The median household income for the area was $41,593 as opposed to $47,831 for the city; 24.4% of Montclare residents earned less than $25,000, 33.4% of residents earned between $25,000 and $49,999, 14.8% earned between $50,000 to $74,999, 12.4% earned between $75,000 and $99,999, 11.1% earned between $100,000 and $149,999, 3.9% earned $150,000 or more.[1] There were 6,381 residents in the labor force. 12% of workers were employed in manufacturing, 11.6% were employed in healthcare, 11% were employed in retail, 10.1% worked in administration, and 9% worked in hospitality and food services. The area had an unemployment rate of 12.3%.[1]


In the 2016 presidential election, Montclare cast 3,492 votes for Hillary Clinton and cast 984 votes Donald Trump.[6] In the 2012 presidential election, Montclare cast 2,973 votes for Barack Obama and 883 votes for Mitt Romney.[7]

Notable people[edit]


  1. ^ a b c d e f g h "Community Demographic Snapshot: Montclare" (PDF). Chicago Metropolitan Agency for Planning. June 2016. Retrieved April 8, 2017.
  2. ^ a b c d Keating, Ann Durkin (November 15, 2008). Chicago Neighborhoods and Suburbs: A Historical Guide. Chicago, Illinois: University of Chicago Press. ISBN 978-0226428833.
  3. ^ a b c Murray, Janet (February 11, 1954). "Montclare and Dunning grow hand in hand: Both communities start as farming regions". Chicago Tribune.
  4. ^ Edwards, Brian (August 24, 1990). "Frontier bargains: City living Tiny Montclare offers quiet family living way out west". Chicago Tribune. Retrieved April 11, 2017.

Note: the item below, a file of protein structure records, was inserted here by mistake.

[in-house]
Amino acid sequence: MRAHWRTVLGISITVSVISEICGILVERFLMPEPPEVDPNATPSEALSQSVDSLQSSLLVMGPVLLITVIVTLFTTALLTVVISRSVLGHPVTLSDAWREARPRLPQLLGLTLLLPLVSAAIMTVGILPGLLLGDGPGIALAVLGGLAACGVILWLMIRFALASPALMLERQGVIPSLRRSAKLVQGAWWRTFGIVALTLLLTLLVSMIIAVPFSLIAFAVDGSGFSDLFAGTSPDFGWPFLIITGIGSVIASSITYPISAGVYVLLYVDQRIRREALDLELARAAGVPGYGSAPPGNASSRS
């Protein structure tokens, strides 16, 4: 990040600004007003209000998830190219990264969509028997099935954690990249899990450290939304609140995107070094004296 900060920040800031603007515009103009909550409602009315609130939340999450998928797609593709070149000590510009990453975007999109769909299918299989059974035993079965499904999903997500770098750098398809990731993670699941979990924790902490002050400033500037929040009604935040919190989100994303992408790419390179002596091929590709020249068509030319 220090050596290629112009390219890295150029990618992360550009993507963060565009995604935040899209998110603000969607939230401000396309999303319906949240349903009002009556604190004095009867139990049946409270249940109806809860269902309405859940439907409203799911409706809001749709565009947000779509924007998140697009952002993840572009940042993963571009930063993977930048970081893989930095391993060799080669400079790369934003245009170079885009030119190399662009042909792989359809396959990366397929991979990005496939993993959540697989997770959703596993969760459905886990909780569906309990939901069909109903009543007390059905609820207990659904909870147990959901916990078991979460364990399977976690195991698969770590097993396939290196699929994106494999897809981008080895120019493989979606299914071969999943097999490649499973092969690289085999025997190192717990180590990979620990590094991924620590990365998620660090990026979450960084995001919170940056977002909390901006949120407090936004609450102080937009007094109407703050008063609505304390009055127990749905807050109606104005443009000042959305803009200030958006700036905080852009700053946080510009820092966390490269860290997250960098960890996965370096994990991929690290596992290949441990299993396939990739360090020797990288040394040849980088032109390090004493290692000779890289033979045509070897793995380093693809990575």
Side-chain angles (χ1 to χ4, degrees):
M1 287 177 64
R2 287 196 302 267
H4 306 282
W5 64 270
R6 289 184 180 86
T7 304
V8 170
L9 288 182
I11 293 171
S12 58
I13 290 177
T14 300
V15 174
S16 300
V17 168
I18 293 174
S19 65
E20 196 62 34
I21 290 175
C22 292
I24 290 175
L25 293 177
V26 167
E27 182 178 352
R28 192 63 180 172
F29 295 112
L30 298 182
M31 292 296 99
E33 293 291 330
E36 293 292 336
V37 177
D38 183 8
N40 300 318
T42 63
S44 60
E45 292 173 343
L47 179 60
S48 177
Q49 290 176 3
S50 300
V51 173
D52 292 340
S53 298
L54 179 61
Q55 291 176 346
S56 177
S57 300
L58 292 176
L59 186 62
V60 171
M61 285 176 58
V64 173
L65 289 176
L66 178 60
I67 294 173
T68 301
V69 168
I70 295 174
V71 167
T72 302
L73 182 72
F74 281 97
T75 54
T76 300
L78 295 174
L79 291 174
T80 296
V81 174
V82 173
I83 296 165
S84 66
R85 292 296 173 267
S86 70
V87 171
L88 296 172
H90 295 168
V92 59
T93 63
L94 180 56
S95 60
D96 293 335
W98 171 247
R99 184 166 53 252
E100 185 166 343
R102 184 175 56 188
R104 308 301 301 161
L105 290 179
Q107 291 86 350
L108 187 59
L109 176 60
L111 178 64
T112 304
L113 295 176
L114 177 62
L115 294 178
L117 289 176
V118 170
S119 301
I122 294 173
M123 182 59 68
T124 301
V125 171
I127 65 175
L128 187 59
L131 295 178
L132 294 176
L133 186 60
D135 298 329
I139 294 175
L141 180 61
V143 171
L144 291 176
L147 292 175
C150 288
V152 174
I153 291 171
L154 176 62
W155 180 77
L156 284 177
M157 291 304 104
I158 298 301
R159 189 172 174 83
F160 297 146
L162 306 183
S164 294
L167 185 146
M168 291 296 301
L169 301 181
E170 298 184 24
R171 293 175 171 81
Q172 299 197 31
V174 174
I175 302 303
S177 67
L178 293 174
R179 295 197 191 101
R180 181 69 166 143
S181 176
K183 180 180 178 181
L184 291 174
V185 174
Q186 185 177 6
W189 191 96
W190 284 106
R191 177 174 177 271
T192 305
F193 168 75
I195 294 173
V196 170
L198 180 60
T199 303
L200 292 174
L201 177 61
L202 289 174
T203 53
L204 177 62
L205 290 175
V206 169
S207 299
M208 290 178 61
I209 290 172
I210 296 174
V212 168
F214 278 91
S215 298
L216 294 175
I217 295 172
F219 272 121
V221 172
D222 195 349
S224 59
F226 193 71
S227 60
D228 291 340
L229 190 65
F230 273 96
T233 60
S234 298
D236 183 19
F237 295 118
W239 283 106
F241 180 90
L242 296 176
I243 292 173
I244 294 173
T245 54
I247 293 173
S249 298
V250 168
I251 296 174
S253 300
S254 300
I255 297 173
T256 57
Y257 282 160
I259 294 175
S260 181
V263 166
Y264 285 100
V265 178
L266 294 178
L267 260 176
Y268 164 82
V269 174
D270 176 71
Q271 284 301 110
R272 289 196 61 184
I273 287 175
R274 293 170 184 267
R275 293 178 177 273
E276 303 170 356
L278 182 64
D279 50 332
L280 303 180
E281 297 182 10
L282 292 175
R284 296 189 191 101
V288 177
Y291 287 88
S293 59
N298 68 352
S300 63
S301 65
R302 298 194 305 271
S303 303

5. ^ Chinn, Leslie R. (September 2, 2009). "Residents still pining for new Galewood-Montclare library building". Austin Weekly News. Chicago, Illinois. Retrieved March 20, 2017.
  6. ^ Ali, Tanveer (November 9, 2016). "How Every Chicago Neighborhood Voted In The 2016 Presidential Election". Chicago, Illinois: Archived from the original on March 17, 2017. Retrieved March 16, 2017.
  7. ^ Ali, Tanveer (November 7, 2012). "How Every Chicago Neighborhood Voted In The 2012 Presidential Election". Chicago, Illinois: Archived from the original on March 17, 2017. Retrieved March 16, 2017.
  8. ^ "Hearings Regarding Communist Espionage: Hearings before the Committee on Un-American Activities, House of Representatives, Eighty-First Congress, First Session". November 8, 1949. Retrieved October 9, 2011.
  9. ^ 'Illinois Blue Book 1983-1984,' Biographical Sketch of Lawrence DiPrima, pg. 67
  10. ^ "Northwest Side Kite Flyers in Semi-Final Contest Saturday". Chicago Tribune. April 14, 1940. p. NW1 – via ProQuest.
  11. ^ Megan, Graydon (July 27, 2012). "Ray Soden, 1924-2012". Chicago Tribune. Retrieved April 25, 2019.
  12. ^ Gardner, Kyla (April 7, 2015). "Gilbert Villegas Wins 36th Ward Election". DNAinfo. Archived from the original on November 15, 2017. Retrieved February 4, 2018.